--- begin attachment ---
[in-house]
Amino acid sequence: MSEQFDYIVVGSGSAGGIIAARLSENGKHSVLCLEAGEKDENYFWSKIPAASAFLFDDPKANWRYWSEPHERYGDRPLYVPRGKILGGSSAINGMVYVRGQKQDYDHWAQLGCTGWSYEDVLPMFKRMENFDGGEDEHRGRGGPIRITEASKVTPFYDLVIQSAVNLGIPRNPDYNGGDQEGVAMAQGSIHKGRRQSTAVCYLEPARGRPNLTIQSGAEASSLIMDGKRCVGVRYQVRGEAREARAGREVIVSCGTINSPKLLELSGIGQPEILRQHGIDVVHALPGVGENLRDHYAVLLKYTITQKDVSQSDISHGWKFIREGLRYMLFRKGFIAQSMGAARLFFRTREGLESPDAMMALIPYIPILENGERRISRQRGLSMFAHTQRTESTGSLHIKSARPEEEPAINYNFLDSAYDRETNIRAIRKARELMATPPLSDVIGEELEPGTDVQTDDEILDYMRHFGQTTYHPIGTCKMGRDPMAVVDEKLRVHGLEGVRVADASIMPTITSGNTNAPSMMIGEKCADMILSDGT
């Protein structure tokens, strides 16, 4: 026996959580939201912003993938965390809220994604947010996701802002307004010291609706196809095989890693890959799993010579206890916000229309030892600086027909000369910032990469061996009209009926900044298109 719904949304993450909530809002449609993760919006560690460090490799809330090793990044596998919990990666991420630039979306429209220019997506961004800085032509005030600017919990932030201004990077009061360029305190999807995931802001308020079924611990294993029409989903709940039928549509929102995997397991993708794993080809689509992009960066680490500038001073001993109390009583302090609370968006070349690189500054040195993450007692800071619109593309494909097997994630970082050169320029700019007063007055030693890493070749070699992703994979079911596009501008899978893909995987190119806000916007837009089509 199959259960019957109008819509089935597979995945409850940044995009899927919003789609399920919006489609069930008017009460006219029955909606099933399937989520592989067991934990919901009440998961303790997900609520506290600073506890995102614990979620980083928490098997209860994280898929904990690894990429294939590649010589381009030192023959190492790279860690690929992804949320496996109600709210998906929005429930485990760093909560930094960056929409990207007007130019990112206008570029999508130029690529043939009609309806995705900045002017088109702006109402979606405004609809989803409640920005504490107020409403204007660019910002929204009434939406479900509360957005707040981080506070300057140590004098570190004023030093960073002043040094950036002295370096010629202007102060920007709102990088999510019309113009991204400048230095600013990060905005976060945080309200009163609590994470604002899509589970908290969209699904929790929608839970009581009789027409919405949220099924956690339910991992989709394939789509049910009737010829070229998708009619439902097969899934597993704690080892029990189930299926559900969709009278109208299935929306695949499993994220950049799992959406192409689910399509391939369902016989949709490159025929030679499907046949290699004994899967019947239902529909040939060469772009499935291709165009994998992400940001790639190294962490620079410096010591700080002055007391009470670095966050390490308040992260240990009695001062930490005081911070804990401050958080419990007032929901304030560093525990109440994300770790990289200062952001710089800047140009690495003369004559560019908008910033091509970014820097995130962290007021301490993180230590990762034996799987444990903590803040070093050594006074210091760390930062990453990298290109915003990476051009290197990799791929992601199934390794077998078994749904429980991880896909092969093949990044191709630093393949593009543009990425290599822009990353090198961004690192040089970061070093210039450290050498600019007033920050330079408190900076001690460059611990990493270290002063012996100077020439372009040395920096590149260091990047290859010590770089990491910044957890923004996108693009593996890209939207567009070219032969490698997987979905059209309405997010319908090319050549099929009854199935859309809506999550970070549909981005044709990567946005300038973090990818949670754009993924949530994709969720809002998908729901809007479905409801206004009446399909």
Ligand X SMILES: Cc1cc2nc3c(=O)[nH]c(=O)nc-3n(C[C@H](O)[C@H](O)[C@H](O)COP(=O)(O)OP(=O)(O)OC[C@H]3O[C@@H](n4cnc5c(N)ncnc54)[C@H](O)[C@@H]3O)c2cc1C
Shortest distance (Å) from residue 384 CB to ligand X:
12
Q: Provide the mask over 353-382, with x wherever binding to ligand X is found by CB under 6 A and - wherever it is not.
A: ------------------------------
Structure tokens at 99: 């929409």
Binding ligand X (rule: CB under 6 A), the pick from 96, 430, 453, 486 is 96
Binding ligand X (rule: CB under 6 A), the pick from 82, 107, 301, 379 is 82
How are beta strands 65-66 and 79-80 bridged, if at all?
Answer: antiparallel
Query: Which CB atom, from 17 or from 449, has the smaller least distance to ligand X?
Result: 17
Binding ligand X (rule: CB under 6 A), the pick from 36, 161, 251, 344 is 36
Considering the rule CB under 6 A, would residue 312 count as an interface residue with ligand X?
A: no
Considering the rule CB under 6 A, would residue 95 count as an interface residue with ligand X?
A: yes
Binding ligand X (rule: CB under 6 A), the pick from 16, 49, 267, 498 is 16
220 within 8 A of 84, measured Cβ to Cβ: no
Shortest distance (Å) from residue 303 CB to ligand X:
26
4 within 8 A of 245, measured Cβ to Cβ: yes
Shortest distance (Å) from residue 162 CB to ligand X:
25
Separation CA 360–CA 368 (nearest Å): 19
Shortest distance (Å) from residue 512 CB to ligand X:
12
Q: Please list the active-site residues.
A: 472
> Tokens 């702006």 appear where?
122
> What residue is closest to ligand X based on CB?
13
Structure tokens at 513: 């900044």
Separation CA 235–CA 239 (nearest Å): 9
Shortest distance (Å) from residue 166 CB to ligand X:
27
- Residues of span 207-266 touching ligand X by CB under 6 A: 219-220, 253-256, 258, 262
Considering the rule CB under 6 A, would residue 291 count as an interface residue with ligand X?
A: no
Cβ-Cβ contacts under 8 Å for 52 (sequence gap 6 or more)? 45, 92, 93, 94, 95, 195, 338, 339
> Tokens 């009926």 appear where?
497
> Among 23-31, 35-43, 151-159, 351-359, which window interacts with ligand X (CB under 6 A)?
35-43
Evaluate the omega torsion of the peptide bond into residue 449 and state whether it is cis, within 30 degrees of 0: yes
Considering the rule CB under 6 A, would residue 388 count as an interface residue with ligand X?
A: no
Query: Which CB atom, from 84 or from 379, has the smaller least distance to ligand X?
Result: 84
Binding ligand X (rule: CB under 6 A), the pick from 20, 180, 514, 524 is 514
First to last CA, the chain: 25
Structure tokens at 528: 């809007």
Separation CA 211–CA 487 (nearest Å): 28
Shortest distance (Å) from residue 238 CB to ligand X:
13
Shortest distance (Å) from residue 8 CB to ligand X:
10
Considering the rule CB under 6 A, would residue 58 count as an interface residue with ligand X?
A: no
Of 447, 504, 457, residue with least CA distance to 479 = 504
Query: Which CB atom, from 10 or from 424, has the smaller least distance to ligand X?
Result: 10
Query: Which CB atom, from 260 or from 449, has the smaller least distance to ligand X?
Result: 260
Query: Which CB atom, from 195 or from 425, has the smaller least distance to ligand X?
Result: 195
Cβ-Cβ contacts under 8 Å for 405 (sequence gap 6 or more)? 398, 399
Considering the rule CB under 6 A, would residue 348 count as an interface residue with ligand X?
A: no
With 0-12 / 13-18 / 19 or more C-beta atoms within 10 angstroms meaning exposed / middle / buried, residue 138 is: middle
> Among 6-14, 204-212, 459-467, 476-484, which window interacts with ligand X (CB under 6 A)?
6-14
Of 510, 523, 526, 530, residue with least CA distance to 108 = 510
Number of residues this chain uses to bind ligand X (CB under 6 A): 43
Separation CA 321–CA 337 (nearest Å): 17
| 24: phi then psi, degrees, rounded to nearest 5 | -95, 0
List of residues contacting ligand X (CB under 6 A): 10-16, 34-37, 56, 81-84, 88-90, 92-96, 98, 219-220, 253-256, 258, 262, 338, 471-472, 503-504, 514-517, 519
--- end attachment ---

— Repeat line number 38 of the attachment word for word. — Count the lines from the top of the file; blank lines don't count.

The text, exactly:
Separation CA 235–CA 239 (nearest Å): 9